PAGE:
* Some adjectives can be used after nouns.
* You can use relative clauses after nouns.
* Adverbials of place and time can come after nouns.
* A noun can be followed by another noun group.
* You can use `that’-clauses after some nouns.
1 You can use some adjectives after a noun to give more information about it, but the adjectives are usually followed by a prepositional phrase, a `to’-infinitive clause, or an adverbial.
This is a warning to people eager for a quick profit.
These are the weapons likely to be used.
For a list of the facilities available here, ask the secretary.
You must talk to the people concerned.
See Unit 31 for more information on adjectives used after nouns.
2 When you want to give more precise information about the person or thing you are talking about, you can use a defining relative clause after the noun.
The man who had done it was arrested.
There are a lot of things that are wrong.
Nearly all the people I used to know have gone.
Note that you can also use defining relative clauses after indefinite pronouns such as `someone’ or `something’.
I’m talking about somebody who is really ill.
See Unit 92 for more information on defining relative clauses.
3 You can use an adverbial of place or time after a noun.
People everywhere are becoming more selfish.
This is a reflection of life today.
4 You can add a second noun group after a noun. The second noun group gives you more precise information about the first noun.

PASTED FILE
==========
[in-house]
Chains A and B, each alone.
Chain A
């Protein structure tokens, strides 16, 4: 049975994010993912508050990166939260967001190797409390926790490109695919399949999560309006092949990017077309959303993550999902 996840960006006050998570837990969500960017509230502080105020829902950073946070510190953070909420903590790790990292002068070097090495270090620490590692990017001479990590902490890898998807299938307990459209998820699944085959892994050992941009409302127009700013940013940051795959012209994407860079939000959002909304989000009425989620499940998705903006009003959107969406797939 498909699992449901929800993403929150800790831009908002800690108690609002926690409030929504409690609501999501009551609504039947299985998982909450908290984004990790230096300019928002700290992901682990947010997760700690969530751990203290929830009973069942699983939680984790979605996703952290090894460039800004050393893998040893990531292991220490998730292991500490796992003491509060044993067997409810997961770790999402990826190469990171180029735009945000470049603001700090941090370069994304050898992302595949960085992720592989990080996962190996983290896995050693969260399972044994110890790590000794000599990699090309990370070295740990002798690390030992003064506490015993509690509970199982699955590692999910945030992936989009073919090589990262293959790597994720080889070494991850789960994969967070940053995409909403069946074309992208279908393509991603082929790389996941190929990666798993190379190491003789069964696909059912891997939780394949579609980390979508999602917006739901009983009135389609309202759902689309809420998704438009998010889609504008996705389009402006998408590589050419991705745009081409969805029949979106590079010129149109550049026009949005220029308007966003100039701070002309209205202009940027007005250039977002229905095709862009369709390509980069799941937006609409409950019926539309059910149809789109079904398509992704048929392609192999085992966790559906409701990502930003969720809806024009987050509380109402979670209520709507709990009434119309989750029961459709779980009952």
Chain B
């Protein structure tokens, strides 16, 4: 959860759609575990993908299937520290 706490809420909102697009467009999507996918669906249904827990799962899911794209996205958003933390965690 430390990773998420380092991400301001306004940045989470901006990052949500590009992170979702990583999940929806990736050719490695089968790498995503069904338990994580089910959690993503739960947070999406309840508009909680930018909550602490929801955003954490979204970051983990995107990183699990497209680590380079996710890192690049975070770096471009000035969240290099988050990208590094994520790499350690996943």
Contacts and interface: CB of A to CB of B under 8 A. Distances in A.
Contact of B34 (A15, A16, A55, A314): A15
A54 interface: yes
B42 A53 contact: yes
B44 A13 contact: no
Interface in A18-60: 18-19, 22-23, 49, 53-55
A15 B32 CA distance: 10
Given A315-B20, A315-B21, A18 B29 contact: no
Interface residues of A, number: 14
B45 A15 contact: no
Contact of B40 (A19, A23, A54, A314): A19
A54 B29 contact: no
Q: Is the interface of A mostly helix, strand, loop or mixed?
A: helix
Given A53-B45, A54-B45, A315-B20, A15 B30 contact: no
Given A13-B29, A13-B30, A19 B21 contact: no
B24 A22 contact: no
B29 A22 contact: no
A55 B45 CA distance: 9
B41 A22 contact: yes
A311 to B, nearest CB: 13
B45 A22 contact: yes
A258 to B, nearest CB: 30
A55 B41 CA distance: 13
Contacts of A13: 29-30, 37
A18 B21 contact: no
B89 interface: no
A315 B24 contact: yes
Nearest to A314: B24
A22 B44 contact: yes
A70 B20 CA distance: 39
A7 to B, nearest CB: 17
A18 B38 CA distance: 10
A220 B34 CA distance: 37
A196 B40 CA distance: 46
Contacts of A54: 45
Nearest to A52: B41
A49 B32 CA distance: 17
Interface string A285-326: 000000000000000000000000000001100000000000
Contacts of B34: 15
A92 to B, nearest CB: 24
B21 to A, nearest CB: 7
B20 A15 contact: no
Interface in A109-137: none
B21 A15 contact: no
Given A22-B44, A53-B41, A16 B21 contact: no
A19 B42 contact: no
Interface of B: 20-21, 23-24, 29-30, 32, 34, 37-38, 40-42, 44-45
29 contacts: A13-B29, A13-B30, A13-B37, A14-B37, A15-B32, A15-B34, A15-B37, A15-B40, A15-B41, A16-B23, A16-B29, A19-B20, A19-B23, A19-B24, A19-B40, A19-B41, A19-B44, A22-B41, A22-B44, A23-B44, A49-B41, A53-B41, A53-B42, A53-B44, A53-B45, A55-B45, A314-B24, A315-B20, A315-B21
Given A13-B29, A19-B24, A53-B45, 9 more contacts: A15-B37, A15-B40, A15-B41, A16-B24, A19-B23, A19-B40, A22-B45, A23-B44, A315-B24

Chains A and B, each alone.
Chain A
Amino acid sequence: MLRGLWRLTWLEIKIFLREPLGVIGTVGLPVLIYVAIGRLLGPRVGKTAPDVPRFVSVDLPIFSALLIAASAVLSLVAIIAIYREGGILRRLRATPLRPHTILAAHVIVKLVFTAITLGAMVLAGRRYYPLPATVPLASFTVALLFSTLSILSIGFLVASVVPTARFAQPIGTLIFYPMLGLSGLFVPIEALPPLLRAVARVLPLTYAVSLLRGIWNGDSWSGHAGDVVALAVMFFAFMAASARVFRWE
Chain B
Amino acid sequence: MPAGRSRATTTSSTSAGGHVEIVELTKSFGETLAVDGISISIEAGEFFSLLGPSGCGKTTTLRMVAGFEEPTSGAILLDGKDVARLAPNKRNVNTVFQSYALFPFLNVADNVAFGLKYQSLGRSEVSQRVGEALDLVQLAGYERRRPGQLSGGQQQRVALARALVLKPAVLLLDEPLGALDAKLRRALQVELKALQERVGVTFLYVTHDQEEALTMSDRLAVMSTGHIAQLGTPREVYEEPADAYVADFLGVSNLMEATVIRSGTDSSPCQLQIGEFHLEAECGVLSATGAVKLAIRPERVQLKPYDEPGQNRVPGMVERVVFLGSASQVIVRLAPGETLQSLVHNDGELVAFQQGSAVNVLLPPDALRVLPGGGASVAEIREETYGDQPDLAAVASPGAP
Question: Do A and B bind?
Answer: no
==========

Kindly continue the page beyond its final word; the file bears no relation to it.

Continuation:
Her mother, a Canadian, died when she was six.
Note that the second noun group is separated by commas from the rest of the clause.
5 Nouns such as `advice’, `hope’, and `wish’, which refer to what someone says or thinks, can be followed by a `that’-clause. Here are some examples:
advice, agreement, belief, claim, conclusion, decision, feeling, hope, promise, threat, warning, wish
It is my firm belief that more women should stand for Parliament.
I had a feeling that no-one thought I was good enough.
Note that all these nouns are related to reporting verbs, which also take a `that’-clause. For example, `information’ is related to `inform’, and `decision’ is related to `decide’.
Some of these nouns can also be followed by a `to’-infinitive clause.
agreement, decision, hope, order, promise, threat, warning, wish
The decision to go had not been an easy one.
I reminded Barnaby of his promise to buy his son a horse.
6 A few other nouns can be followed by a `that’-clause.
advantage, confidence, danger, effect, evidence, fact, idea, impression, news, opinion, possibility, view
He didn’t want her to get the idea that he was rich.
I had no evidence that Jed was the killer.
He couldn’t believe the news that his house had just burned down.
Note that when a noun group is the object of a verb, it may be followed by different structures.
See Units 69 to 72 for more information.